PCR Amplification

PCR amplification was performed using a primer mix containing both the Tele02 and the Elas01 primers (Taberlet et al., 2018). These primers are modified versions of the MiFish universal and MiFish elasmobranch primers designed by Miya et al. (2015) and, of which the forward primer Tele02-F was first presented by Thomsen et al. (2016) as “V05F_898.” The forward primer Tele02-F (5’-AAACTCGTGCCAGCCACC-3’) and the reverse primer Tele02-R (3’-GGGTATCTAATCCCAGTTTG-5’), together amplify approximately 167 bp of the 12S rRNA gene in the mitochondrial DNA (mtDNA) (Taberlet et al., 2018). Primers were uniquely tagged. Tags were designed using the OligoTag program (Coissac, 2012), and consisted of six nucleotides with a distance of at least three bases between any two tags. Tags were preceded by two or three random bases; NNN or NN (Barba et al., 2014), and identical tags were used on the forward and reverse primers for each sample (Zinger et al., 2019), to eliminate errors due to tag jumps (Schnell et al., 2015).

The samples from a season could not be PCR amplified all at once and were thus divided into two separate PCR setups. Every PCR setup included one PCR replicate of each of around 50 samples, one replicate of each of the corresponding CNEs, and one template control (NTC). To obtain technical replicates, each PCR setup was repeated four times, using identical tags for each PCR replicate, but a unique tag for each sample. Some samples of darker color were diluted 1:10 times prior to PCR to avoid inhibition. PCR reactions were performed in 25 μL reactions, using 10 μL HotStarTaq Master Mix (Qiagen, Cat. no. 203445), 10 μL H2O, 1 μL BSA (Bionordica, Cat. no. B9000S), 1 μL of primer mix [Tele01-F (5 μM), Tele01-R (5 μM), Elas01-F (5 μM), Elas01-R (5 μM)] and 3 μL DNA template. Thermocycler conditions were: an initial 15 minutes denaturing at 95°C, followed by 45 cycles of 94°C for 30 s, 50°C for 30 s, and 72°C for 60 s, and a final extension step of 72°C for 7 minutes. DNA yield and fragment sizes were checked on 2% agarose gels stained with GelRed™.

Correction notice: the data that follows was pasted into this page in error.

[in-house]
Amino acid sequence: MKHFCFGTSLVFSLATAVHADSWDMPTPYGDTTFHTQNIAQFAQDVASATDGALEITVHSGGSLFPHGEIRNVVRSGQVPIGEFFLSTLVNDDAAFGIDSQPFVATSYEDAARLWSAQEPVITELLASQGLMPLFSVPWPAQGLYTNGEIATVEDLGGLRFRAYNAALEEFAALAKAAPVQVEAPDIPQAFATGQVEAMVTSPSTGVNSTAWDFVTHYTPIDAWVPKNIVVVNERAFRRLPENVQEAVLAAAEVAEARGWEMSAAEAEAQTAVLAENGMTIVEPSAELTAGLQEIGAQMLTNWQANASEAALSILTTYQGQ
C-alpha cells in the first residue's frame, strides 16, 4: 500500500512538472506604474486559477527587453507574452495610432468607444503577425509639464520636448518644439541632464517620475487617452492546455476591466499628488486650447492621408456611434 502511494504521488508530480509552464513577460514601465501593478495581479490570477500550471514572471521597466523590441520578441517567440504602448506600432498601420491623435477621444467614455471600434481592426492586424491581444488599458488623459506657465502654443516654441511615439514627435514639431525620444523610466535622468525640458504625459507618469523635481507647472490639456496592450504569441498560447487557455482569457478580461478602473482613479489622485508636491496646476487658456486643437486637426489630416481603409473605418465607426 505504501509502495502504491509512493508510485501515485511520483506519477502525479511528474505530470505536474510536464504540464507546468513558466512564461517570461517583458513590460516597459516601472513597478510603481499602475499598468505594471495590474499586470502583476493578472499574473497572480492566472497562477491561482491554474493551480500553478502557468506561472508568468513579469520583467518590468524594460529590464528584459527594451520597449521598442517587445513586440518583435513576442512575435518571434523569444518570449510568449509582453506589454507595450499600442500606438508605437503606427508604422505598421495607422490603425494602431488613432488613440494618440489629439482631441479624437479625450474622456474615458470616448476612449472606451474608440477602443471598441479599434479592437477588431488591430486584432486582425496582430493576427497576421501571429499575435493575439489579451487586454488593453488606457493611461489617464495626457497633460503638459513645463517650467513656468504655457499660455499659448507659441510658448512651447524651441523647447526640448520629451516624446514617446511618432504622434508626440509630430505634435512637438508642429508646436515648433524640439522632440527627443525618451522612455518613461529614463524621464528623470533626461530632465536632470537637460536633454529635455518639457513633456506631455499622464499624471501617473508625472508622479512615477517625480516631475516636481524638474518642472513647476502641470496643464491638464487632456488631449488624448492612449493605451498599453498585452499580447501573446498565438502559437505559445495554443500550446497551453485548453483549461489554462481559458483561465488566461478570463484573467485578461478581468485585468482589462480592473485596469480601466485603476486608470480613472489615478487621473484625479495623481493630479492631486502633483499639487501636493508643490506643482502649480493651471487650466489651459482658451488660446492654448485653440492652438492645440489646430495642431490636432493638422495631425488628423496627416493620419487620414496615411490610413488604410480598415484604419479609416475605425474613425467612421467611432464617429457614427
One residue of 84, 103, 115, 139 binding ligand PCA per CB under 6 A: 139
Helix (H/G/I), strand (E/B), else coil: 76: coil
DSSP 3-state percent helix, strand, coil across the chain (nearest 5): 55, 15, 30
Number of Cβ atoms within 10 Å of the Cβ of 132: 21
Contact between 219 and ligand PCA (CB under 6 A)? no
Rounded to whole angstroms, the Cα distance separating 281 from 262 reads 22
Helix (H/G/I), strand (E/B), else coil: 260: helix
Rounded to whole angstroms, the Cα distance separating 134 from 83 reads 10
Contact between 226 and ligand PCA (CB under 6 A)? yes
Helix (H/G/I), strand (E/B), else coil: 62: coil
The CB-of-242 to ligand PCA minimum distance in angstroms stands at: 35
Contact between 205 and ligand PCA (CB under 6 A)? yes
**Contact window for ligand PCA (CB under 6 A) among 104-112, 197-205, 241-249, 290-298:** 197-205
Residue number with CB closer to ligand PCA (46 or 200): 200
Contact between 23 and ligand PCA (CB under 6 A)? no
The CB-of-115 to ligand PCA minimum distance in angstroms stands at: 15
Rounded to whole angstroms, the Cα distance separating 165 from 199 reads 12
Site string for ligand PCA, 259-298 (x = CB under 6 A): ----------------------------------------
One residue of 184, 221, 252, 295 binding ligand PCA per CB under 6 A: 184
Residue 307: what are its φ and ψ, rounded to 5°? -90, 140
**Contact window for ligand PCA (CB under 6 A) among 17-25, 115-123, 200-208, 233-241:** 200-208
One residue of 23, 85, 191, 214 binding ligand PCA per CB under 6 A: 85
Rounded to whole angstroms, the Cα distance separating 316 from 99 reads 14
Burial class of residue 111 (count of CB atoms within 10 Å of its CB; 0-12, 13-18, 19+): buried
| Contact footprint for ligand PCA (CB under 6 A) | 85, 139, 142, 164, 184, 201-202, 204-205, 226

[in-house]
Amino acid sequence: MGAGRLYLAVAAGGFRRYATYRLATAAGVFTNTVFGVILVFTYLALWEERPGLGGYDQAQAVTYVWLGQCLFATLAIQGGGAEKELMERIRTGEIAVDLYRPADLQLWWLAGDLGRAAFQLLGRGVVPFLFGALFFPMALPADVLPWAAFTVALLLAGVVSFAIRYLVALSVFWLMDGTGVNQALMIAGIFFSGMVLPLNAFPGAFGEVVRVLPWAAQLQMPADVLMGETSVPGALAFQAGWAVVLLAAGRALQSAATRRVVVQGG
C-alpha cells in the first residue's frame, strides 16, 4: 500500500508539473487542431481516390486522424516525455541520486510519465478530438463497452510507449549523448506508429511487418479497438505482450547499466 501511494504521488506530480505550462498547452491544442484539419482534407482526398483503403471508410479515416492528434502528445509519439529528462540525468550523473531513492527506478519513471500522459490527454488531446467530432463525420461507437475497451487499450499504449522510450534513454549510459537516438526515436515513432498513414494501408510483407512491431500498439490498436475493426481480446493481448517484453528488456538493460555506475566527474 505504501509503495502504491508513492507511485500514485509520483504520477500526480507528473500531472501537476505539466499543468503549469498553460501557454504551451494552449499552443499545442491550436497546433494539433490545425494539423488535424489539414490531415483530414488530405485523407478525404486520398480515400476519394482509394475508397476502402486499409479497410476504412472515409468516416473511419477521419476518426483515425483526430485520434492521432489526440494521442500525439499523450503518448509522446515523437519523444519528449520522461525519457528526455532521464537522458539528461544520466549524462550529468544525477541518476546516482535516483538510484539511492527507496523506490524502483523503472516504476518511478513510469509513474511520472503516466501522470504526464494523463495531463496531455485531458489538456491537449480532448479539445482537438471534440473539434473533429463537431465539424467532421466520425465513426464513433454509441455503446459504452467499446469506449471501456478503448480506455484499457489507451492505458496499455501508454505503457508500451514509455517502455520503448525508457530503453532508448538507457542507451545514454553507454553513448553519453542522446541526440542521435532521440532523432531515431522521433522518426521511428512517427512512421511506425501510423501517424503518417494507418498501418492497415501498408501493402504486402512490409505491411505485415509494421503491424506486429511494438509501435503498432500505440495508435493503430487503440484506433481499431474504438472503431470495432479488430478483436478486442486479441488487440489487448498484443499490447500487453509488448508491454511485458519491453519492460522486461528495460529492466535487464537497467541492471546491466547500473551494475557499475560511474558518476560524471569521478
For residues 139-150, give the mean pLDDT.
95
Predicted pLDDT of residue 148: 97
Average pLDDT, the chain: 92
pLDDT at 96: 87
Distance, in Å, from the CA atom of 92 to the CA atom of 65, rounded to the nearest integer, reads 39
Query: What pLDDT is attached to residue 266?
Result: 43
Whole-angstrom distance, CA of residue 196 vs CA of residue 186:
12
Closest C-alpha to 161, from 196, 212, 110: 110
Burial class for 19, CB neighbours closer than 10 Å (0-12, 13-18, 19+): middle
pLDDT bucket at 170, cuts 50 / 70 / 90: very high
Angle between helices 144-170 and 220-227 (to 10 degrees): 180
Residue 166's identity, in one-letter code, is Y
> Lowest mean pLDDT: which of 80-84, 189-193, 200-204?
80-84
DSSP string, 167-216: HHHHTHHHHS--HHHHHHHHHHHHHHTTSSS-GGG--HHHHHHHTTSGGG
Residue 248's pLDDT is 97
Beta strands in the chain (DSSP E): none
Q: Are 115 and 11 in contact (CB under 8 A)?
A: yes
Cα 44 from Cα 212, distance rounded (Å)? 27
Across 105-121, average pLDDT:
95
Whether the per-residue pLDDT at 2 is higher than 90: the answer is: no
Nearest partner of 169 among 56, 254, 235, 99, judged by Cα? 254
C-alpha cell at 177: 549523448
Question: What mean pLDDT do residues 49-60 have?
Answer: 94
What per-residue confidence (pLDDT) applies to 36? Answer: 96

Library Building and Illumina Sequencing

PCR amplicons were mixed into sixteen pools, corresponding to the four repetitions of each of the four PCR setups. A volume of 4 μL was used of each PCR replicate. Pools were purified using the MinElute PCR purification kit (Qiagen), following the manufacturer’s protocol, except for at the last incubation step, which was done using 2*20 μL elution buffer over two rounds of 37°C for 10 minutes. A purification blank was included. Library building was done using the TruSeq DNA PCR-free LT sample Prep Kit from Illumina, with a 750 ng input of PCR products from each pool, as measured using the Qubit HS DNA Kit (Thermofisher Scientific, Carlsbad, CA, United States). For autumn samples, library building was done at Aarhus University, while libraries for spring samples were built by Novogene (Cambridge, United Kingdom). All libraries were sequenced by Novogene (Cambridge, United Kingdom) on an Illumina NovaSeq platform, using 150 PE sequencing and requesting 10 gigabasepairs (Gb) per library.

Bioinformatic Data Filtering and Analyses

The data were analyzed using the pipeline MetaBarFlow (Sigsgaard et al., 2022), which uses the python-based workflow tool gwf and parallel computing to process metabarcoding data. The workflow is mainly based on scripts from Frøslev et al. (2017) and the DADA2 error modelling (Callahan et al., 2016). The exact workflow used for the current paper are available upon request.